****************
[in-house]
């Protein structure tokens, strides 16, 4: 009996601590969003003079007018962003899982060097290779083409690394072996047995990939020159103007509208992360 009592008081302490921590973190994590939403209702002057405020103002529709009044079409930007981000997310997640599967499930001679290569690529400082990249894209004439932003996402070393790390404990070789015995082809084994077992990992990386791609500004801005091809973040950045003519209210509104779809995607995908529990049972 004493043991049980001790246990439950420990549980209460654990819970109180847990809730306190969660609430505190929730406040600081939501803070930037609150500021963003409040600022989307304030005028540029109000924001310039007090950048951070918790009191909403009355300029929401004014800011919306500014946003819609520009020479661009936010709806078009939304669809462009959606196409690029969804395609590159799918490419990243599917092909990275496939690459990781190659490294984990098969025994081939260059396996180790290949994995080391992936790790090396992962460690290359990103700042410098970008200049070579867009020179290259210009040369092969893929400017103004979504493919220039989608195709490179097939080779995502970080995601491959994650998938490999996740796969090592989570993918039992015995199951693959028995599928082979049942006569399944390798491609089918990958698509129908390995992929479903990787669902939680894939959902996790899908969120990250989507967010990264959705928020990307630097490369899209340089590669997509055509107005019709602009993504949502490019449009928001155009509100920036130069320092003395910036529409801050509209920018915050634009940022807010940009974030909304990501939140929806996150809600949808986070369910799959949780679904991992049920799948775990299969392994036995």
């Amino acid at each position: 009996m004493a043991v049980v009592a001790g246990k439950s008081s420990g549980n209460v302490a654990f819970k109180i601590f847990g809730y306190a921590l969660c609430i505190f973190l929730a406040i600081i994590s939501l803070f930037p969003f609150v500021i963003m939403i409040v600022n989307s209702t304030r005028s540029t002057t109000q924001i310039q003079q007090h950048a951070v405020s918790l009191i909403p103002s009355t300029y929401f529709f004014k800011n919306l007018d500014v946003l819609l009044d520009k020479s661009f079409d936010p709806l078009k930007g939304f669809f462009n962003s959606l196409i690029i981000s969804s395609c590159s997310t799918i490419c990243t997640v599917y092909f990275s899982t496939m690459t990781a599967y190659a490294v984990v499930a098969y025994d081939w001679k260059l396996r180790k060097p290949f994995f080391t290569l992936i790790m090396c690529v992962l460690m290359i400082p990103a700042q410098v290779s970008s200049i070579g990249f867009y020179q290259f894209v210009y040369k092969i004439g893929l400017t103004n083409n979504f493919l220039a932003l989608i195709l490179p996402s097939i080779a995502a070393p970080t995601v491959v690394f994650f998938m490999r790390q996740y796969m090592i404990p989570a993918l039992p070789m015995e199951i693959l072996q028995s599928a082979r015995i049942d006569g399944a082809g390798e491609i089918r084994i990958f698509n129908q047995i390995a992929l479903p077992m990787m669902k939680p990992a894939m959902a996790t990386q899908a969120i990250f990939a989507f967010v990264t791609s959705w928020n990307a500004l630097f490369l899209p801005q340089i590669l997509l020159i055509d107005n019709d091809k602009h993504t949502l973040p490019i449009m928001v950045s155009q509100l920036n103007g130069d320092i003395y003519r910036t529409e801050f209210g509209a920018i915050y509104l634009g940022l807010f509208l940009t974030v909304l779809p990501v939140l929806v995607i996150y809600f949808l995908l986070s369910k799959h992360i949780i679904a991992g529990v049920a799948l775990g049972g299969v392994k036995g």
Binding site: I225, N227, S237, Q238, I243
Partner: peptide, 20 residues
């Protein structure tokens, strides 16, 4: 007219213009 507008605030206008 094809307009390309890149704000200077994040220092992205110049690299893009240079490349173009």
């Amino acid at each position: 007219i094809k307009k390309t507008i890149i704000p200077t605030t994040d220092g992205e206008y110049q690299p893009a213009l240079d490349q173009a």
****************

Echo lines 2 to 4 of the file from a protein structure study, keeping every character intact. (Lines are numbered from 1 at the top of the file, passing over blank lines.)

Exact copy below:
């Protein structure tokens, strides 16, 4: 009996601590969003003079007018962003899982060097290779083409690394072996047995990939020159103007509208992360 009592008081302490921590973190994590939403209702002057405020103002529709009044079409930007981000997310997640599967499930001679290569690529400082990249894209004439932003996402070393790390404990070789015995082809084994077992990992990386791609500004801005091809973040950045003519209210509104779809995607995908529990049972 004493043991049980001790246990439950420990549980209460654990819970109180847990809730306190969660609430505190929730406040600081939501803070930037609150500021963003409040600022989307304030005028540029109000924001310039007090950048951070918790009191909403009355300029929401004014800011919306500014946003819609520009020479661009936010709806078009939304669809462009959606196409690029969804395609590159799918490419990243599917092909990275496939690459990781190659490294984990098969025994081939260059396996180790290949994995080391992936790790090396992962460690290359990103700042410098970008200049070579867009020179290259210009040369092969893929400017103004979504493919220039989608195709490179097939080779995502970080995601491959994650998938490999996740796969090592989570993918039992015995199951693959028995599928082979049942006569399944390798491609089918990958698509129908390995992929479903990787669902939680894939959902996790899908969120990250989507967010990264959705928020990307630097490369899209340089590669997509055509107005019709602009993504949502490019449009928001155009509100920036130069320092003395910036529409801050509209920018915050634009940022807010940009974030909304990501939140929806996150809600949808986070369910799959949780679904991992049920799948775990299969392994036995």
């Amino acid at each position: 009996m004493a043991v049980v009592a001790g246990k439950s008081s420990g549980n209460v302490a654990f819970k109180i601590f847990g809730y306190a921590l969660c609430i505190f973190l929730a406040i600081i994590s939501l803070f930037p969003f609150v500021i963003m939403i409040v600022n989307s209702t304030r005028s540029t002057t109000q924001i310039q003079q007090h950048a951070v405020s918790l009191i909403p103002s009355t300029y929401f529709f004014k800011n919306l007018d500014v946003l819609l009044d520009k020479s661009f079409d936010p709806l078009k930007g939304f669809f462009n962003s959606l196409i690029i981000s969804s395609c590159s997310t799918i490419c990243t997640v599917y092909f990275s899982t496939m690459t990781a599967y190659a490294v984990v499930a098969y025994d081939w001679k260059l396996r180790k060097p290949f994995f080391t290569l992936i790790m090396c690529v992962l460690m290359i400082p990103a700042q410098v290779s970008s200049i070579g990249f867009y020179q290259f894209v210009y040369k092969i004439g893929l400017t103004n083409n979504f493919l220039a932003l989608i195709l490179p996402s097939i080779a995502a070393p970080t995601v491959v690394f994650f998938m490999r790390q996740y796969m090592i404990p989570a993918l039992p070789m015995e199951i693959l072996q028995s599928a082979r015995i049942d006569g399944a082809g390798e491609i089918r084994i990958f698509n129908q047995i390995a992929l479903p077992m990787m669902k939680p990992a894939m959902a996790t990386q899908a969120i990250f990939a989507f967010v990264t791609s959705w928020n990307a500004l630097f490369l899209p801005q340089i590669l997509l020159i055509d107005n019709d091809k602009h993504t949502l973040p490019i449009m928001v950045s155009q509100l920036n103007g130069d320092i003395y003519r910036t529409e801050f209210g509209a920018i915050y509104l634009g940022l807010f509208l940009t974030v909304l779809p990501v939140l929806v995607i996150y809600f949808l995908l986070s369910k799959h992360i949780i679904a991992g529990v049920a799948l775990g049972g299969v392994k036995g």
Binding site: I225, N227, S237, Q238, I243